Right To Believe Addresses Undue Governmental Interference in Matters of Religion

WASHINGTON, Dec. 18, 2020 /PRNewswire/ — On December 3, 2020 Judge Jennifer M. Anderson of the Washington, DC Superior Court issued a “Remedies Judgement” in the controversial “Family Federation for World Peace and Unification International et al v. Hyun Jin Moon et al” case which totally disregards the defendants’ First Amendment rights and due process. Anderson’s ruling has stoked the worst fears of all those concerned not only about the free exercise of religion, but also fundamental rights to organize and associate free from government interference. The case is sure to be continued through the appeals process.

That this court battle is far from over is a great relief for Right To Believe and others upset about the growing encroachment of government (especially in the courts) in the affairs of religious organizations and individuals. In a recent speech to the Federalist Society, Supreme Court Justice Samuel Alito cited numerous court cases impacting the free exercise of religion as indicative that “religious liberty is in danger of becoming a second-class right.”

The case before the DC Superior Court involves protracted disputes within the Unification Movement founded by the late Reverend Sun Myung Moon.  Though it was initially and properly dismissed on First Amendment grounds because it clearly involved religious disputes in which courts cannot intervene, this complex and extremely costly case has been extended by subsequent rulings for more than nine years.

It is well-established legal precedent that the First Amendment prohibits the courts from interfering in disputes about the teachings and leadership of religious groups.  Yet that is precisely what the DC Court has done in this case.  As evident in both summary judgement and remedies rulings, the DC Superior Court disregarded voluminous clear evidence of an emerging religious movement wrestling with issues of succession and doctrine.  It decided that it could sidestep First Amendment prohibitions and evaluate the religious purposes of UCI, a DC non-profit corporation established to advance the principles and work of the Unification movement. In doing so, the Court in effect took sides in a religious schism.

The onerous actions taken by the DC Court in its remedies ruling of December 3 are cause for great alarm among religious and nonprofit leaders alike.  Based solely on its unconstitutional evaluation of UCI’s religious purposes, the Court found that four directors had breached their fiduciary duty, ordered them removed from the Board, and made them personally responsible for crushing financial penalties. This severe judgement was imposed even though in its ruling, the Court itself acknowledged that the four directors had not received any personal benefit whatsoever. The court ordered the remaining board members to identify new directors “in conjunction” with the plaintiffs.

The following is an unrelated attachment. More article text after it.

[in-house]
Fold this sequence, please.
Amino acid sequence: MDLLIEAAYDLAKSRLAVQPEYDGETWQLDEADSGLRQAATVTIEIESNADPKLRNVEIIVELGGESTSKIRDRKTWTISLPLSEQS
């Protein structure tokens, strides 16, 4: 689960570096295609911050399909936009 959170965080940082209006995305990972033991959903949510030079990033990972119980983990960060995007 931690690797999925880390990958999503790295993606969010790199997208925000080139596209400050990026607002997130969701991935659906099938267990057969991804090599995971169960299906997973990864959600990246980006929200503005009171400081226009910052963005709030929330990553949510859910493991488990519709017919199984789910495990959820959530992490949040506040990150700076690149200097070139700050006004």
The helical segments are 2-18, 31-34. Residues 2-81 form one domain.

So why does this matter?  The DC Superior Court’s rulings in this case have trampled upon First Amendment protections, making determinations about religious teachings and leadership, and thereby taking sides in a schism.  Such dangerous precedents make all religious groups more vulnerable to government intrusion. The Court took the unprecedented step of removing a majority of the directors of this nonprofit’s Board, seriously overstepping its authority and disregarding requirements specifically articulated in DC law.  The December 3rd ruling also constrains the remaining directors as to how they can select replacement Board members, forcing a reconstitution of the organization’s leadership, again without legal authority.  Board members of every nonprofit incorporated in the District of Columbia should be alarmed about the details of this case, for there could be dire extralegal ramifications should they face any disputes before the DC Court.

It should also concern people of all faiths that the courts are often all too ready to use such cases as opportunities to expand their powers and authority.  Judicial overreach opens a Pandora’s box of government encroachment into religious expression and free exercise. It can, and often does, lead to protracted legal battles; distracting religious organizations and nonprofits from their primary missions, and forcing them to bear heavy costs to defend themselves.

If Judges can decide what aspects of your faith are valid, or what is not in the public interest, the implications for religious freedom are vast. It opens the door for government, not God, to be the final arbiter of the human conscience.

The rulings in this case, if upheld, set dangerous precedents in the District of Columbia and beyond. Bishop Dr. Paul Murray, Chairman of the Religious Freedom Commission of One Way Churches International, noted “Judicial overreach is a growing concern for faith leaders of all backgrounds.  Freedom of religion, belief and conscience is our first and most fundamental right.  Rulings like the ones in this case remind us that we must be vigilant and stand together to safeguard the First Amendment rights of all.”

Citation: Justice Alito speech to the Federalist Society, November 12, 2020

Howard C. Self
President, Right To Believe